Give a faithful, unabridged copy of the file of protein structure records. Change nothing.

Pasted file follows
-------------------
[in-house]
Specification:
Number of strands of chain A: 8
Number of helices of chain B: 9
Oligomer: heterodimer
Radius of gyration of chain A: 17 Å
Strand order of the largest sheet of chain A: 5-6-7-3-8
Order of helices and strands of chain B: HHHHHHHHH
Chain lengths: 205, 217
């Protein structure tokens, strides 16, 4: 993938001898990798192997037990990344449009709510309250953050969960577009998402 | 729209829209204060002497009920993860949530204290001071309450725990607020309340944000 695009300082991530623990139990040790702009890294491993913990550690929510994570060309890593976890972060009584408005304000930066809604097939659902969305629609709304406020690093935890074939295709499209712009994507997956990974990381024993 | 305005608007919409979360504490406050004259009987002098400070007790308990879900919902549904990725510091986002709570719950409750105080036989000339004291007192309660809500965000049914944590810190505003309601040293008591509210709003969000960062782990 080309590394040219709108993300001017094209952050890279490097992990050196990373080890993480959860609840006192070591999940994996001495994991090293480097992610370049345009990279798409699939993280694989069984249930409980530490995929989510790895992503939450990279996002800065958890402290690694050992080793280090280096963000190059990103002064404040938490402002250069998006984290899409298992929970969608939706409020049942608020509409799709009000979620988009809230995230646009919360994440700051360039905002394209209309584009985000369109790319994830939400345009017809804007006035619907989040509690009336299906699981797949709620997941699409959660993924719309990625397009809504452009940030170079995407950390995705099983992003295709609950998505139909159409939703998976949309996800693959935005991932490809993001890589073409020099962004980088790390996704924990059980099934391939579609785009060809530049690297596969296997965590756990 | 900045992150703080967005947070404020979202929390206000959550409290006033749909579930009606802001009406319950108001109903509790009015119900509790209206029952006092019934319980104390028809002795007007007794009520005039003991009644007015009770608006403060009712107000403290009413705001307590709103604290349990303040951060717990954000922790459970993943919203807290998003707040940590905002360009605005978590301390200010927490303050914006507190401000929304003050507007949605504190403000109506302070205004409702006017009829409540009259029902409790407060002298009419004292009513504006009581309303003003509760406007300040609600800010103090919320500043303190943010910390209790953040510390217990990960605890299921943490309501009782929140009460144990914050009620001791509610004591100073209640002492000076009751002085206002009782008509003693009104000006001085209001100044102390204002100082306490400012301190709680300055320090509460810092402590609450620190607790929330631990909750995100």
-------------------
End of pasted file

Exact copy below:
[in-house]
Specification:
Number of strands of chain A: 8
Number of helices of chain B: 9
Oligomer: heterodimer
Radius of gyration of chain A: 17 Å
Strand order of the largest sheet of chain A: 5-6-7-3-8
Order of helices and strands of chain B: HHHHHHHHH
Chain lengths: 205, 217
């Protein structure tokens, strides 16, 4: 993938001898990798192997037990990344449009709510309250953050969960577009998402 | 729209829209204060002497009920993860949530204290001071309450725990607020309340944000 695009300082991530623990139990040790702009890294491993913990550690929510994570060309890593976890972060009584408005304000930066809604097939659902969305629609709304406020690093935890074939295709499209712009994507997956990974990381024993 | 305005608007919409979360504490406050004259009987002098400070007790308990879900919902549904990725510091986002709570719950409750105080036989000339004291007192309660809500965000049914944590810190505003309601040293008591509210709003969000960062782990 080309590394040219709108993300001017094209952050890279490097992990050196990373080890993480959860609840006192070591999940994996001495994991090293480097992610370049345009990279798409699939993280694989069984249930409980530490995929989510790895992503939450990279996002800065958890402290690694050992080793280090280096963000190059990103002064404040938490402002250069998006984290899409298992929970969608939706409020049942608020509409799709009000979620988009809230995230646009919360994440700051360039905002394209209309584009985000369109790319994830939400345009017809804007006035619907989040509690009336299906699981797949709620997941699409959660993924719309990625397009809504452009940030170079995407950390995705099983992003295709609950998505139909159409939703998976949309996800693959935005991932490809993001890589073409020099962004980088790390996704924990059980099934391939579609785009060809530049690297596969296997965590756990 | 900045992150703080967005947070404020979202929390206000959550409290006033749909579930009606802001009406319950108001109903509790009015119900509790209206029952006092019934319980104390028809002795007007007794009520005039003991009644007015009770608006403060009712107000403290009413705001307590709103604290349990303040951060717990954000922790459970993943919203807290998003707040940590905002360009605005978590301390200010927490303050914006507190401000929304003050507007949605504190403000109506302070205004409702006017009829409540009259029902409790407060002298009419004292009513504006009581309303003003509760406007300040609600800010103090919320500043303190943010910390209790953040510390217990990960605890299921943490309501009782929140009460144990914050009620001791509610004591100073209640002492000076009751002085206002009782008509003693009104000006001085209001100044102390204002100082306490400012301190709680300055320090509460810092402590609450620190607790929330631990909750995100």